Textile, garment and footwear industries are still facing many difficulties due the COVID-19 pandemic, and unable to recover production and business in the short term.
These are large industries that have contributed large parts to the national export value and provided jobs for many workers.
However, many localities are implementing pandemic preventive measures, especially in southern cities and provinces where enterprises are suffering serious impact from the pandemic on production.
A large textile and garment enterprise with about 5,000 employees has had to suspend production for a month. However, it still has to pay VND17.5 billion per month in depreciation expenses, insurance premiums for employees, bank loan interest and COVID-19 testing of employees. This figure includes air freight for urgent orders and salaries of employees though workers stay at home.
Meanwhile, a footwear enterprise with about 9,000 employees has spent US$1 million to implement anti-pandemic measures. It has also faced increased input costs of 5-10 per cent.
However, garment and footwear enterprises said the highest cost was still fines for late delivery. If the delivery of products is delayed, besides higher transport costs by plane, they could be fined hundreds of billions of dong. Along with that, they would not be able to receive orders for the next season.
In order to keep orders for production next year, Phan Thi Thanh Xuan, general secretary of the Viet Nam Leather, Footwear and Handbag Association, said many enterprises had found solutions to maintain production and ensure delivery.
The association proposed a gradual recovery of production for the footwear industry. Initially, enterprises would resume about 30 per cent of capacity. Then, they would continue to gradually increase production capacity to 50-70 per cent.
Xuan said the industry's prospect was not positive until year end and possibly next year. Now, many enterprises were facing difficulties and could not continue production or meet set targets in production and business.
Vu Duc Giang, chairman of the Viet Nam Textile and Apparel Association, said that if the pandemic continued complicated development, textile, garment and footwear enterprises would be unable to maintain production and keep customers. This was a huge challenge for the textile, leather and footwear industries.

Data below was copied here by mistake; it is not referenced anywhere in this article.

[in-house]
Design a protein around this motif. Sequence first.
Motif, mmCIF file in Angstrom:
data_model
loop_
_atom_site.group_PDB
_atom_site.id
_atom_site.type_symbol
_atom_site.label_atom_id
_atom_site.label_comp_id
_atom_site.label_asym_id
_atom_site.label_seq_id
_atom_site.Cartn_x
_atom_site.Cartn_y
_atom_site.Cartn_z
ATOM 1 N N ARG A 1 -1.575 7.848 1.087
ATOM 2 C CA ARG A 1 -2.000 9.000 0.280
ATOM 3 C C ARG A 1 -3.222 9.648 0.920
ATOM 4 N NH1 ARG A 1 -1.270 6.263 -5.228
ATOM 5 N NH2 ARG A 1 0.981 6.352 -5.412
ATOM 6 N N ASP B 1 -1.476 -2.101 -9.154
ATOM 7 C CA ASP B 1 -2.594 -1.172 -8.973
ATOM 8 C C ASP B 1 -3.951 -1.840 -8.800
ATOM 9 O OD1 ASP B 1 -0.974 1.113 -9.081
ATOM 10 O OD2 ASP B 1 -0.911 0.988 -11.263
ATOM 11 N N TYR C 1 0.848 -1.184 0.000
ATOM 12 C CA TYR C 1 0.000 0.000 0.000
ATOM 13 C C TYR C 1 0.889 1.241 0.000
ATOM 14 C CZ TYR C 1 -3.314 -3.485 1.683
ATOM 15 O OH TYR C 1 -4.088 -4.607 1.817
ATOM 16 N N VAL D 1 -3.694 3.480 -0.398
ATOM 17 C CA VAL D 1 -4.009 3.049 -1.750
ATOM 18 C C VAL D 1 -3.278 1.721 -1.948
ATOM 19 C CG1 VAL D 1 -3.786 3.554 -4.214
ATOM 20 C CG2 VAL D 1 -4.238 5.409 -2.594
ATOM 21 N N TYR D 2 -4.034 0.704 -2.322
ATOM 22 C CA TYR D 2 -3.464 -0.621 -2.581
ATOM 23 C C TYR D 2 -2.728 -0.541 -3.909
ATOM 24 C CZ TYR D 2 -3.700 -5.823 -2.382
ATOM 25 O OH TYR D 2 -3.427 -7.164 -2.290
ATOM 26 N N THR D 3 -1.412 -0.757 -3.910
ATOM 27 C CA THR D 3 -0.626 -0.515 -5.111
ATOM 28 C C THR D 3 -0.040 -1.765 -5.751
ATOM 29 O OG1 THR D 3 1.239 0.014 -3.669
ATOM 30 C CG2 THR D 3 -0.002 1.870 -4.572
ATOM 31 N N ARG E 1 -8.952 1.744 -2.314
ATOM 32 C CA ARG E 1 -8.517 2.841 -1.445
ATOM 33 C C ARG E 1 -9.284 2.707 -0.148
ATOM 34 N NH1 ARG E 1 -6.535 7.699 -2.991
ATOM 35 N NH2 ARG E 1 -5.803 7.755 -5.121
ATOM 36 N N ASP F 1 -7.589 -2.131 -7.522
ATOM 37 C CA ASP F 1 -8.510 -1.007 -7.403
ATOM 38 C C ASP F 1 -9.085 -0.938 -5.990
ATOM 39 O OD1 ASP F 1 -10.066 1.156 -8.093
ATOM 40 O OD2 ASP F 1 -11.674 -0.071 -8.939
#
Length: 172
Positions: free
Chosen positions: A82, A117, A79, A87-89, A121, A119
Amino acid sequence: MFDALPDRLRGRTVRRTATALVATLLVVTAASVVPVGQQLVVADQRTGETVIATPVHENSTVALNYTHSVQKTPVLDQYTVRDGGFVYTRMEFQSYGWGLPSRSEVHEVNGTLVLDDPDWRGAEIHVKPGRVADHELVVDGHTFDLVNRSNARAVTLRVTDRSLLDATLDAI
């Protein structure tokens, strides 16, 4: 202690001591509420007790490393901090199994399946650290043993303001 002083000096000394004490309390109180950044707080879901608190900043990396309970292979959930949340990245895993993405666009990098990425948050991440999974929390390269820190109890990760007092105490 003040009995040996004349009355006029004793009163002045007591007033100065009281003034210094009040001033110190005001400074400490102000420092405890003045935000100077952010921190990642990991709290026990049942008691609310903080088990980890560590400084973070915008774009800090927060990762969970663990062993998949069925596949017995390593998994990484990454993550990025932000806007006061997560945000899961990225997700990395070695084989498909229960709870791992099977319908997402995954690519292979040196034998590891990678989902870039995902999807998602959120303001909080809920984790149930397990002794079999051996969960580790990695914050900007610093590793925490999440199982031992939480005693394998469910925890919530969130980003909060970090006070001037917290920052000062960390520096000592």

“Besides that, workers at enterprises have also left large production centres in the south such as HCM City, Binh Duong and Dong Nai, to avoid the pandemic, causing enterprises to have a serious labour shortage,” Giang said.
According to the Viet Nam National Textile and Garment Group, an important issue is to ensure human resources in the context of changed production plans, shortages of COVID-19 vaccines and an unpredictable pandemic.
The Ministry of Industry and Trade said the industrial production index of the whole industry in August was estimated to decrease by 4.2 per cent month on month and 7.4 per cent year on year. Export turnover decreased by 9.2 per cent for textiles and garments and 38.5 per cent for footwear year on year.
It was difficult to make an accurate forecast about the prospects of the textile and garment industry in the short and medium term because the pandemic was still complicated in Viet Nam, affecting the production of enterprises and psychology of workers.
The ministry said the COVID-19 pandemic was prolonged, affecting most industries and localities as well as the target growth of all sectors. Due to the pandemic, many manufacturing and exporting enterprises must delay or cancel orders, leading to risks of losing markets and changing supply chains.
Along with that, import and export activities might still face many difficulties due to the complicated development of the pandemic that would force HCM City and southern provinces to prolong the social distancing period. This would cause many challenges in production, transport and logistics, the ministry said.
In order to restore production of the textile, garment and footwear industries, the ministry would focus on removing difficulties and providing support for factories to maintain and restore production. Initially, solutions would aim at completing signed export contracts and attracting more orders for the year-end shopping season in the European and US markets.
In addition, the ministry would accelerate the building and implementation of the development strategy for the garment, textile and footwear industries to 2030, with a vision to 2035. It would also build a programme on sustainable development of those industries until 2030.
At the same time, it would give support in training human resources, applying technology in production design, and developing the textile and dyeing industry.
The ministry would expand export markets and take advantage of effective free trade agreements as well as diversify export and import markets and the structure of export products. — VNS
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